Sunday, November 21, 2010

Pharmacy Beyond "the Right Drug for the Right Patient at the Right Time"

Posted by Zhe Han at Sunday, November 21, 2010

This month, I traveled to the East coast and completed my fourth rotation at the US corporate headquarter of Sanofi- Aventis, located in Bridgewater, NJ. Although I have decided on a residency route during my first rotation, I was still very excited about this experience because the pharmaceutical industry is one aspect of pharmacy that I knew very little about so I really looked forward to gaining a good overview of the various roles pharmacists can have in this setting.

The department that I was in is called "Health Policy and Strategic Advocacy". If you aren't sure what this department does, you are not alone since I had no clue of what to expect when I began my rotation 4 weeks ago. So what is strategic advocacy? Here is an exact quote from my final presentation last Friday: "strategic advocacy is important because by cultivating impactful partnerships with influential players, the company can have a greater voice in changes that affect how well its products do on the market". In a nutshell, people in the advocacy department work closely with patient, provider, payer and quality groups to influence health policies that are beneficial to the company's products. For my final presentation, I focused on oncology and identified the top 10 groups which I think Sanofi- Aventis should work with (eg. ASCO, NCCN, National Business Group on Health, etc.). My project challenged me to think about pharmacy in relations to public policies.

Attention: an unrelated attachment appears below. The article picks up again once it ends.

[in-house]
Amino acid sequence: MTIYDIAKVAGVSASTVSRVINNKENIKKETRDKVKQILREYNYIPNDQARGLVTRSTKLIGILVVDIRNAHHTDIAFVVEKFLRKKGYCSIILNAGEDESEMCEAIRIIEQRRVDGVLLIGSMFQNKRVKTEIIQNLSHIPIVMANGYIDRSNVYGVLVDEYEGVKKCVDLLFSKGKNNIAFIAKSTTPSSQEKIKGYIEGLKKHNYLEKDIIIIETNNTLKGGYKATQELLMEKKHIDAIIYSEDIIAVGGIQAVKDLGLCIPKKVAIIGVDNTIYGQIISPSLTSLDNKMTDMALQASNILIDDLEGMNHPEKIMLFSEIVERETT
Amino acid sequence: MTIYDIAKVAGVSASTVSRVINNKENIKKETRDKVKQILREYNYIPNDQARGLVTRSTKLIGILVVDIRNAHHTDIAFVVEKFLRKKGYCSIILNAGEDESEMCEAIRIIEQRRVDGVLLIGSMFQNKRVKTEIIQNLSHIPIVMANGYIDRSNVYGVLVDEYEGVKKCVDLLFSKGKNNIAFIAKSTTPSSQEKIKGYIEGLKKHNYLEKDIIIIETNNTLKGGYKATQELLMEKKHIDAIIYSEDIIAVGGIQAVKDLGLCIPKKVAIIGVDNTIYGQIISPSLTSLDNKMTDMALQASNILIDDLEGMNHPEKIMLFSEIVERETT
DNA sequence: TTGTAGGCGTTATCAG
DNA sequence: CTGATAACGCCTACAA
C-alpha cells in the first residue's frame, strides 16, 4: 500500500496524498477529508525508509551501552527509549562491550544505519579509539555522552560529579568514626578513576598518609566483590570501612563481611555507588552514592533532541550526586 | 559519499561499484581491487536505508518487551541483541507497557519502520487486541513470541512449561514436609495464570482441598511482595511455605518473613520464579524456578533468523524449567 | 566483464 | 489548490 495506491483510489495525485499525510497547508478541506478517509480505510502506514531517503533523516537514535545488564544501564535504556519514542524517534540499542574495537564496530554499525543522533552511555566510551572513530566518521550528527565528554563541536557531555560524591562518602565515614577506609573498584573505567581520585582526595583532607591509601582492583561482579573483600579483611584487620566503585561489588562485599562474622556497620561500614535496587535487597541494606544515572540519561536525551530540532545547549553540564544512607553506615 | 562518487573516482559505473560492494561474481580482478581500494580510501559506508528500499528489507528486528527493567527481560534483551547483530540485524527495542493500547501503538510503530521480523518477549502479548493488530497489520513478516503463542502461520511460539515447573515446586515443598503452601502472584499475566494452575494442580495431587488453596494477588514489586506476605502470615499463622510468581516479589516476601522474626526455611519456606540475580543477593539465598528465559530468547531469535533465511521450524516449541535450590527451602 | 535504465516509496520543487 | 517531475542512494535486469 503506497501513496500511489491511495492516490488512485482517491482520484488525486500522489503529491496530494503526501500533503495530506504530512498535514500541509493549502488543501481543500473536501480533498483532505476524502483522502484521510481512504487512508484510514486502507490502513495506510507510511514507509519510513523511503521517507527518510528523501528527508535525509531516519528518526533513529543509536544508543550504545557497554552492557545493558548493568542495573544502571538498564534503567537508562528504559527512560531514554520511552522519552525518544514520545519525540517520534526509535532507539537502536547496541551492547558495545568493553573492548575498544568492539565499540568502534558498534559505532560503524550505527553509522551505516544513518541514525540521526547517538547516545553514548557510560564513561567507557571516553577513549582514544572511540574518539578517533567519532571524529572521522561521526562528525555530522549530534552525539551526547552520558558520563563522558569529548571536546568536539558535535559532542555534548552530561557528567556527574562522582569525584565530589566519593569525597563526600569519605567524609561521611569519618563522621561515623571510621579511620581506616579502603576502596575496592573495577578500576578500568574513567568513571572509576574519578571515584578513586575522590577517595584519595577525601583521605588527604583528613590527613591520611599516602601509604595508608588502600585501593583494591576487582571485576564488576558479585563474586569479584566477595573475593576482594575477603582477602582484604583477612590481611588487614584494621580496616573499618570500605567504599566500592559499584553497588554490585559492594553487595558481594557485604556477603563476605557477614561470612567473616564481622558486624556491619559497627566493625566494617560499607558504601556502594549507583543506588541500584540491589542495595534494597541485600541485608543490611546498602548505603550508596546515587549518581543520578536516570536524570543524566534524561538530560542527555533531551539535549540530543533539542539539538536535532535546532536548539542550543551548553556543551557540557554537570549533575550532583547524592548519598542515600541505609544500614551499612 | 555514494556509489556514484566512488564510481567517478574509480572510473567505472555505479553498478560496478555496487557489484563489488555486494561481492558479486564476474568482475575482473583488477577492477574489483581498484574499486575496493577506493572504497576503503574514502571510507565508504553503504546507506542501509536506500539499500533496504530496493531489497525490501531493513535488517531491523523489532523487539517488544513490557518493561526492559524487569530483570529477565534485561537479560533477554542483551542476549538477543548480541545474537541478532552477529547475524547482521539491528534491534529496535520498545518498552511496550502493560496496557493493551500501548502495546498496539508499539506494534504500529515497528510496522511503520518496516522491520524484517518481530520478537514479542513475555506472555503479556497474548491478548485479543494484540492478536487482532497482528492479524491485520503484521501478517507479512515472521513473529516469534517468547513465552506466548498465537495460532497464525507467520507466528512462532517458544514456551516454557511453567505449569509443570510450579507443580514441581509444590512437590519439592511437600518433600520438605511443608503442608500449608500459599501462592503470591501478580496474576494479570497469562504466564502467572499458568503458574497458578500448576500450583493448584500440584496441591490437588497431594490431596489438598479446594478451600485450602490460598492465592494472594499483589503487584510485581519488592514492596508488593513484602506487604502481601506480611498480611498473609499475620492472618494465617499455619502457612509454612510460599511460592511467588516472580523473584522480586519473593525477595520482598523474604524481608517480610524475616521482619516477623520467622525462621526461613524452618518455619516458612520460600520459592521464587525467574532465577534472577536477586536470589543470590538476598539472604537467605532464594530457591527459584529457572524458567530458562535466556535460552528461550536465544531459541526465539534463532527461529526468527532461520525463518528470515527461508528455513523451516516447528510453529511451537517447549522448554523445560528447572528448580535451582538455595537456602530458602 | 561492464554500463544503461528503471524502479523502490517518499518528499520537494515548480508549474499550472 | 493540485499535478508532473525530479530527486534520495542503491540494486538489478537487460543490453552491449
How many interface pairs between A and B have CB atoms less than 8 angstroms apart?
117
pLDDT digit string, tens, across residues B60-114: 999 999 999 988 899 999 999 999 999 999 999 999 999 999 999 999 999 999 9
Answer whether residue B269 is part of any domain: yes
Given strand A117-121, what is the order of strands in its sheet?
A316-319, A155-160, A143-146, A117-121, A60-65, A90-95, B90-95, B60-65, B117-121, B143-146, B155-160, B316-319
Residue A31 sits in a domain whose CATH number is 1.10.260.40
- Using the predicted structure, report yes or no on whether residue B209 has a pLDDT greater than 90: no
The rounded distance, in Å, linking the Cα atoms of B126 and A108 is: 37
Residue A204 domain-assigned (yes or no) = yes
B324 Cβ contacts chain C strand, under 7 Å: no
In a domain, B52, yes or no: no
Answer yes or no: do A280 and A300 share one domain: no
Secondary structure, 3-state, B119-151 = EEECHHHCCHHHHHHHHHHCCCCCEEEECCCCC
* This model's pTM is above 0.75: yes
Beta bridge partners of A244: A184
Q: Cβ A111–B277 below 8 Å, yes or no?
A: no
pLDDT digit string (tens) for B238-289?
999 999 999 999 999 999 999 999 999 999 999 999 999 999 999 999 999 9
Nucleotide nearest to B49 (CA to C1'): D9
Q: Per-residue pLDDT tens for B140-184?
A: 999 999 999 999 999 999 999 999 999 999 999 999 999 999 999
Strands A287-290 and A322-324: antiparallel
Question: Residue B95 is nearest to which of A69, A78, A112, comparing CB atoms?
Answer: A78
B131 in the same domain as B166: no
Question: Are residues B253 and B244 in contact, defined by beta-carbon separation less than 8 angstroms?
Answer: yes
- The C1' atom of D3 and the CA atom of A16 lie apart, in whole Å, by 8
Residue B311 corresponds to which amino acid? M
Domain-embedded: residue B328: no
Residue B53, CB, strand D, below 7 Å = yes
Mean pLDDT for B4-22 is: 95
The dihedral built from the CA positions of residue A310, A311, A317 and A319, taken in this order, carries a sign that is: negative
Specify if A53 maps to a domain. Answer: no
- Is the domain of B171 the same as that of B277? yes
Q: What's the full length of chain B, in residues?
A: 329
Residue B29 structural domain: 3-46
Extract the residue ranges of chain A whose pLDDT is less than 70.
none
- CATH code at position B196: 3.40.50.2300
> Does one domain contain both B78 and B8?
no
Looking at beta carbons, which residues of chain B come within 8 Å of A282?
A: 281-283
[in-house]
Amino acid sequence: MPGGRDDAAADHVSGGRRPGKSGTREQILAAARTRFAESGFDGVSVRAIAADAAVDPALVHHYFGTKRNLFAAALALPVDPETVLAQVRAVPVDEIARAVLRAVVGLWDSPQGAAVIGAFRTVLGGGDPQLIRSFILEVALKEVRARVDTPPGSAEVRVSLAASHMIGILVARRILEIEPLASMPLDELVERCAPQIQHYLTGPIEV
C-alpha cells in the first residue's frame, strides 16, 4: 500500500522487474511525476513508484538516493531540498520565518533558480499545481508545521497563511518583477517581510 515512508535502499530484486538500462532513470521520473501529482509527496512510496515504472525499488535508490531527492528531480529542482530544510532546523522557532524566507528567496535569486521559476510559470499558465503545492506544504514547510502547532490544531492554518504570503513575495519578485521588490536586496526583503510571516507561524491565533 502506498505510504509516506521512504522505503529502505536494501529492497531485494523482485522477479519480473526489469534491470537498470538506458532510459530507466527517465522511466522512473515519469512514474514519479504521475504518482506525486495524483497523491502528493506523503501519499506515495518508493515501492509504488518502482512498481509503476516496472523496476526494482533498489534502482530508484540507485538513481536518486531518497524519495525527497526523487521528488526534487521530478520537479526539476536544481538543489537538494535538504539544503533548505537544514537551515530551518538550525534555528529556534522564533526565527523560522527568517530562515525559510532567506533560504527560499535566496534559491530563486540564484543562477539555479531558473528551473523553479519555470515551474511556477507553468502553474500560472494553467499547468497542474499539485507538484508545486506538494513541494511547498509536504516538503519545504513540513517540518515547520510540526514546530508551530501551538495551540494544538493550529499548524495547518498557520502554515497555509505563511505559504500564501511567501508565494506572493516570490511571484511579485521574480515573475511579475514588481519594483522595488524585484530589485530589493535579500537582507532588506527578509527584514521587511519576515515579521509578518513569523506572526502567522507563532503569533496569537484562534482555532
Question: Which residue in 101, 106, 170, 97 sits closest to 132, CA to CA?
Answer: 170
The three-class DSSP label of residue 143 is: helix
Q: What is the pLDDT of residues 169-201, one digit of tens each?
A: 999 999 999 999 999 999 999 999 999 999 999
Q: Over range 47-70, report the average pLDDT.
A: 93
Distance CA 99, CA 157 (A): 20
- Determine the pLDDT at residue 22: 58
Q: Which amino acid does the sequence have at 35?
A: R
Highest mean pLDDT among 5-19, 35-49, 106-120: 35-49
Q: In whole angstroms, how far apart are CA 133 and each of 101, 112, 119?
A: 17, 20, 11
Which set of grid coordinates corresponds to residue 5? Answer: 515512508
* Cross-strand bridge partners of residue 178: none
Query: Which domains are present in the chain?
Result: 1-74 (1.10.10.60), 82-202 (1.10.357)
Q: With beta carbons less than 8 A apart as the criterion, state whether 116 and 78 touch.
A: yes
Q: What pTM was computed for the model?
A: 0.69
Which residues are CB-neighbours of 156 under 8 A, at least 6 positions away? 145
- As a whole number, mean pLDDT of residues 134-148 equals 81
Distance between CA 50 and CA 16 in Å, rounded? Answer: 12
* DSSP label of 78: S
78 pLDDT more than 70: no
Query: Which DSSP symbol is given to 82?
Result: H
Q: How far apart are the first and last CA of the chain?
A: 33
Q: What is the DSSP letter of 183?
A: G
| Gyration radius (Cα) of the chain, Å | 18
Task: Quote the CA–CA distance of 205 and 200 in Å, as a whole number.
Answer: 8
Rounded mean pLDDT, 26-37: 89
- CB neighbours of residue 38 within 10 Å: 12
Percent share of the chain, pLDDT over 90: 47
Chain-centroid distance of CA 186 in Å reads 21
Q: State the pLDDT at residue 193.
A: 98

During this rotation, I also had opportunities to meet one-on-one with fellows in other departments such as Medical Information, Health Outcome Research, Evidence Based Medicine, Marketing, Clinical Development, Translational Research, and Regulatory Affairs. These meetings gave me a very broad understanding of different roles pharmacists can have and how pharmacists' clinical training can still be valuable even in the industry. I certainly recommend this rotation to anyone who is curious to learn about the industry. An appreciation for how the industry conducts trials, markets its products, and communicates information to providers and consumers can be very helpful in other practice settings.

No comments: